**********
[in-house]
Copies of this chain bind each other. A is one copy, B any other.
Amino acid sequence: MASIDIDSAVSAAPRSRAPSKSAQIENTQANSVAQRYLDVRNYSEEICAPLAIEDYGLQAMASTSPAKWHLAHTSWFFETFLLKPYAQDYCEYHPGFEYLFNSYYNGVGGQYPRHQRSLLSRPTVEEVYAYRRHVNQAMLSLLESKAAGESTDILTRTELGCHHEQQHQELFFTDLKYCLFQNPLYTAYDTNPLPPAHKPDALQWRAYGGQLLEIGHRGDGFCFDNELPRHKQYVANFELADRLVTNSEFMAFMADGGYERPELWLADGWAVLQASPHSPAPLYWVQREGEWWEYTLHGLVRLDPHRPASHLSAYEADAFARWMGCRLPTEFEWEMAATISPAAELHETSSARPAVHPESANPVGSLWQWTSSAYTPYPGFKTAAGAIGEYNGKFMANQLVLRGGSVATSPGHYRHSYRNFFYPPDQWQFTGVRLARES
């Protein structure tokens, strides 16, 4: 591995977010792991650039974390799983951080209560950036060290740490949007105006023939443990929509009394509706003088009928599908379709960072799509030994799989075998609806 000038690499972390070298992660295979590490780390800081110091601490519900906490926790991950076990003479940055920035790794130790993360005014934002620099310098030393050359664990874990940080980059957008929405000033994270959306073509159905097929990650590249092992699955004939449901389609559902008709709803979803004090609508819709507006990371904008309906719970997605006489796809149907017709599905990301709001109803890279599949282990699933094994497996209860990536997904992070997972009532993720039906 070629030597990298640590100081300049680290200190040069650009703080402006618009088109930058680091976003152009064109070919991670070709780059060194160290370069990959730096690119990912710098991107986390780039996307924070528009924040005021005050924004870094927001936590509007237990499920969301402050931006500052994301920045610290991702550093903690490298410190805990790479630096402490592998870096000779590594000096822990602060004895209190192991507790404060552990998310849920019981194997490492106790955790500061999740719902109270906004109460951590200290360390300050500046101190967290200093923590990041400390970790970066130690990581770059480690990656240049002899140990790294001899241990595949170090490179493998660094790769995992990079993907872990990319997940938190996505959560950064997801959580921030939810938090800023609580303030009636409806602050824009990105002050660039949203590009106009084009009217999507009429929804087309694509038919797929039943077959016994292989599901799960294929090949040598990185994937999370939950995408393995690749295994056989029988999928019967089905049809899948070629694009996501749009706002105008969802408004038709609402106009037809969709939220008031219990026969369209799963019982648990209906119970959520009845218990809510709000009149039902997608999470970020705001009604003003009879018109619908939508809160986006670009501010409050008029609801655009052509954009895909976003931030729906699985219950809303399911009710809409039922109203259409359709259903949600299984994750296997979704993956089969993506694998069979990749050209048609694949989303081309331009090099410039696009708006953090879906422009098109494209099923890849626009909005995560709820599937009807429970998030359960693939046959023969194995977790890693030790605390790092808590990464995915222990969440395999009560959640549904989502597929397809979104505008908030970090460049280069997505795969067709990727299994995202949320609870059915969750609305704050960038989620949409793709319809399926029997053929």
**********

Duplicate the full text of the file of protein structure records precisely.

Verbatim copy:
[in-house]
Copies of this chain bind each other. A is one copy, B any other.
Amino acid sequence: MASIDIDSAVSAAPRSRAPSKSAQIENTQANSVAQRYLDVRNYSEEICAPLAIEDYGLQAMASTSPAKWHLAHTSWFFETFLLKPYAQDYCEYHPGFEYLFNSYYNGVGGQYPRHQRSLLSRPTVEEVYAYRRHVNQAMLSLLESKAAGESTDILTRTELGCHHEQQHQELFFTDLKYCLFQNPLYTAYDTNPLPPAHKPDALQWRAYGGQLLEIGHRGDGFCFDNELPRHKQYVANFELADRLVTNSEFMAFMADGGYERPELWLADGWAVLQASPHSPAPLYWVQREGEWWEYTLHGLVRLDPHRPASHLSAYEADAFARWMGCRLPTEFEWEMAATISPAAELHETSSARPAVHPESANPVGSLWQWTSSAYTPYPGFKTAAGAIGEYNGKFMANQLVLRGGSVATSPGHYRHSYRNFFYPPDQWQFTGVRLARES
């Protein structure tokens, strides 16, 4: 591995977010792991650039974390799983951080209560950036060290740490949007105006023939443990929509009394509706003088009928599908379709960072799509030994799989075998609806 000038690499972390070298992660295979590490780390800081110091601490519900906490926790991950076990003479940055920035790794130790993360005014934002620099310098030393050359664990874990940080980059957008929405000033994270959306073509159905097929990650590249092992699955004939449901389609559902008709709803979803004090609508819709507006990371904008309906719970997605006489796809149907017709599905990301709001109803890279599949282990699933094994497996209860990536997904992070997972009532993720039906 070629030597990298640590100081300049680290200190040069650009703080402006618009088109930058680091976003152009064109070919991670070709780059060194160290370069990959730096690119990912710098991107986390780039996307924070528009924040005021005050924004870094927001936590509007237990499920969301402050931006500052994301920045610290991702550093903690490298410190805990790479630096402490592998870096000779590594000096822990602060004895209190192991507790404060552990998310849920019981194997490492106790955790500061999740719902109270906004109460951590200290360390300050500046101190967290200093923590990041400390970790970066130690990581770059480690990656240049002899140990790294001899241990595949170090490179493998660094790769995992990079993907872990990319997940938190996505959560950064997801959580921030939810938090800023609580303030009636409806602050824009990105002050660039949203590009106009084009009217999507009429929804087309694509038919797929039943077959016994292989599901799960294929090949040598990185994937999370939950995408393995690749295994056989029988999928019967089905049809899948070629694009996501749009706002105008969802408004038709609402106009037809969709939220008031219990026969369209799963019982648990209906119970959520009845218990809510709000009149039902997608999470970020705001009604003003009879018109619908939508809160986006670009501010409050008029609801655009052509954009895909976003931030729906699985219950809303399911009710809409039922109203259409359709259903949600299984994750296997979704993956089969993506694998069979990749050209048609694949989303081309331009090099410039696009708006953090879906422009098109494209099923890849626009909005995560709820599937009807429970998030359960693939046959023969194995977790890693030790605390790092808590990464995915222990969440395999009560959640549904989502597929397809979104505008908030970090460049280069997505795969067709990727299994995202949320609870059915969750609305704050960038989620949409793709319809399926029997053929």